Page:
Another positive from these releases was the freeing up of enclosures and as we restructured our animal distribution we have been able to separate a set of enclosures for our small felines, a larger enclosure became available for our macaws and a cage has also become available for our group of small spider monkeys. The three young spider monkeys were joined by a fourth juvenile female this month and as they continue to grow and recuperate we shall be looking to move them form the quarantine cages into this larger enclosure so they start to bond as a secondary group that can eventually be integrated with our group of 4 sub-adults. The liberation also meant that we were able to receive new residents and apart from the fore-mentioned spider monkey we had two firsts for us arrive over recent weeks. The neo-tropical otter (Lontra longicaudis) is becoming increasingly rare with increased fishing activities in the rivers causing mortalities in nets and competition for food and so the young male that arrived last month was a surprise to all of us. The youngster became an instant hit and is already running around his enclosure and happily chasing fish we release into his pool. The second arrival is a very unusual one as the red-masked parakeet (Aratinga erythrogenys) is resident in the north of Peru and is not found in Madre de Dios. One can only assume that its arrival in Puerto Maldonado is a reflection of the pet trade ripe in the northern Amazon region of Peru but its release will pose a problem as it will be destined to a solitary existence. We shall have to push for a transfer to its natural dry mountain forests for release as and when the time comes.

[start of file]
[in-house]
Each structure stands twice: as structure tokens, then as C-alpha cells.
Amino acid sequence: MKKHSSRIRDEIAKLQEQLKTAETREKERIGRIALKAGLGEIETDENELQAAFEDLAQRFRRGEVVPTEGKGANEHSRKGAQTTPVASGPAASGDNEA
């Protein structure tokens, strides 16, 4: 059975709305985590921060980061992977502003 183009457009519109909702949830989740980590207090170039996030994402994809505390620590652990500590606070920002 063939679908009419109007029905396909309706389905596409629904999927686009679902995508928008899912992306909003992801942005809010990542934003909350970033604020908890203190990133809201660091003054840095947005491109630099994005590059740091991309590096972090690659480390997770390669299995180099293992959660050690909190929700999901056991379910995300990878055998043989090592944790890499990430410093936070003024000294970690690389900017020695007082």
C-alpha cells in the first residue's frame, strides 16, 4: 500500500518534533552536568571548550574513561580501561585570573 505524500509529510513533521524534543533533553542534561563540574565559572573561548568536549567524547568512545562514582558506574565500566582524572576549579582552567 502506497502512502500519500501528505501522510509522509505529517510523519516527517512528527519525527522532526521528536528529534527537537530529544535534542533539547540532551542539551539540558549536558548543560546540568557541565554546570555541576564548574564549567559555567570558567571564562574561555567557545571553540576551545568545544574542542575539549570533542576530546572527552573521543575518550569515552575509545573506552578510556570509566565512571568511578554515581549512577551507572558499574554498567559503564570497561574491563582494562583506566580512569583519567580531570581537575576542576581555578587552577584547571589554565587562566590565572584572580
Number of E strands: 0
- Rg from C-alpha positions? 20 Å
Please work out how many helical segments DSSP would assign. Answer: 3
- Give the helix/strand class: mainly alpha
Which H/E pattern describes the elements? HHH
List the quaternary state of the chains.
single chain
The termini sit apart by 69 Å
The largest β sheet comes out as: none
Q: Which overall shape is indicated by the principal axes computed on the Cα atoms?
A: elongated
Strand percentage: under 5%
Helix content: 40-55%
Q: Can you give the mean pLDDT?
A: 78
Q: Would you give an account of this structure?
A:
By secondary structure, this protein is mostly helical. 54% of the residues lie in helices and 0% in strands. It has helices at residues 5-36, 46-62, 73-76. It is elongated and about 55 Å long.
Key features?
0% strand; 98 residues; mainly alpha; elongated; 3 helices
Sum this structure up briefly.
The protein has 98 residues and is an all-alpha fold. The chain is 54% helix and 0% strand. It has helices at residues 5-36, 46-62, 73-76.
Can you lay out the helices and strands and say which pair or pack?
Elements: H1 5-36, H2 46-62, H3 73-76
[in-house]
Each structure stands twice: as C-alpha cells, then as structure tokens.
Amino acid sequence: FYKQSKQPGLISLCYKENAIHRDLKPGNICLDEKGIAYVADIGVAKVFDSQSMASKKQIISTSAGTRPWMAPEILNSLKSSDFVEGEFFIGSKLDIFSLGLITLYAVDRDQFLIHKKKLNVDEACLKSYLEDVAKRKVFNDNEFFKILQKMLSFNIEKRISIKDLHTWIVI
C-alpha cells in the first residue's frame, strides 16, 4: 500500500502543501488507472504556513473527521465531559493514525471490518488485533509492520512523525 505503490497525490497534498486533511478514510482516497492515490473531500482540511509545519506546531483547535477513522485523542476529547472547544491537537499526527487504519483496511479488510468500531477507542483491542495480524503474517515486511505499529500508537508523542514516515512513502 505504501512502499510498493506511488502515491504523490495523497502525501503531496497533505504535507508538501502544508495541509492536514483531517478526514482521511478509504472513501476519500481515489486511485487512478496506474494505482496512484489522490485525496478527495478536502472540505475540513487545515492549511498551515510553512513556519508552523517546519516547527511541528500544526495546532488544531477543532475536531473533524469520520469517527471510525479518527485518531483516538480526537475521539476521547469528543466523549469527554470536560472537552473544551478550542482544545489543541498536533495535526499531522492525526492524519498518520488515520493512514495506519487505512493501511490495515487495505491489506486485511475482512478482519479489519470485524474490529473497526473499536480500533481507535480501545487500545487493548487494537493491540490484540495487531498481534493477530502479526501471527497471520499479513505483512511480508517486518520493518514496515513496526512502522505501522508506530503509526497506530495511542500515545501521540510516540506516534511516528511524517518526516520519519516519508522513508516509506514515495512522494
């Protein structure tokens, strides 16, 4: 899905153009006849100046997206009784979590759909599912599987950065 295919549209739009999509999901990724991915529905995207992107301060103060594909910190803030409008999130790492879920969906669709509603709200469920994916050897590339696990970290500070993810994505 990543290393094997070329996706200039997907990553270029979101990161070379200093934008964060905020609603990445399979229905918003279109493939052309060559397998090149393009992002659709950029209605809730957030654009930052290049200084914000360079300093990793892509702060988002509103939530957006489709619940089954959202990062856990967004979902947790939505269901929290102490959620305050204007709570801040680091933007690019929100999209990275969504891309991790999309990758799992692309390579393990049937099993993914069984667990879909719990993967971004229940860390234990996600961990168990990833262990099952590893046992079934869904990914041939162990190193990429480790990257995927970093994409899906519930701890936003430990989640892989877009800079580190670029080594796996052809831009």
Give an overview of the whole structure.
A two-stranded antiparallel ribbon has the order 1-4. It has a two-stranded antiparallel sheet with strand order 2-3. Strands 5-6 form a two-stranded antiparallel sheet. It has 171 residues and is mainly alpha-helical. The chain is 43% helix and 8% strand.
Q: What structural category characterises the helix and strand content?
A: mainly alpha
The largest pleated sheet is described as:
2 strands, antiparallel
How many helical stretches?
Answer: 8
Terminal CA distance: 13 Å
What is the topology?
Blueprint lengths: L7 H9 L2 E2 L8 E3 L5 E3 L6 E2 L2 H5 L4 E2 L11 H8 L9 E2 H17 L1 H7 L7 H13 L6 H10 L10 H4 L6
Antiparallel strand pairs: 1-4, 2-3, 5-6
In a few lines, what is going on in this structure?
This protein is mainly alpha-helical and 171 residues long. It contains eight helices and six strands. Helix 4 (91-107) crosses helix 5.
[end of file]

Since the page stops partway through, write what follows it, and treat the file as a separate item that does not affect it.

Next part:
September saw a breakthrough with the butterfly house also as the government came to inspect it. The instant approval means that as soon as the paperwork ploughs through the system we shall be able to begin working with our three test species and release them for breeding into the large enclosure. In parallel our permanent butterfly traps have enabled us to capture many new species for the reserve and whilst I do not have the exact total at the moment as some individuals are still being processed for identification, I estimate that we are well over 130 species for the reserve.
Many of you who have visited us over the years will have slept in our huge two storey dormitory block but eight years of jungle storms and wear and tear means that it had to be torn down and replaced and so this month we have been slightly disrupted as the building was taken apart. Materials have been reused where possible and next month will see the completion of a new series of rooms each sleeping four people but with the luxury of private bathrooms. This will take our capacity to 40 volunteers at any given time and create uniform living accommodation for everyone. Whilst maintenance and safety were the primary reasons for this change we need to continue to grow as bookings for 2009 have surpassed all other years and with over 170 volunteers visiting us this year the future indeed looks bright for Taricaya and all that we are trying to achieve.
October will bring us the first heavy rains of the new wet season; the hatching of our first turtle eggs; preparation for the transfer of our adult spider monkey troop to the pre-liberation area deep in the reserve and much more... until then!
30th April, 2009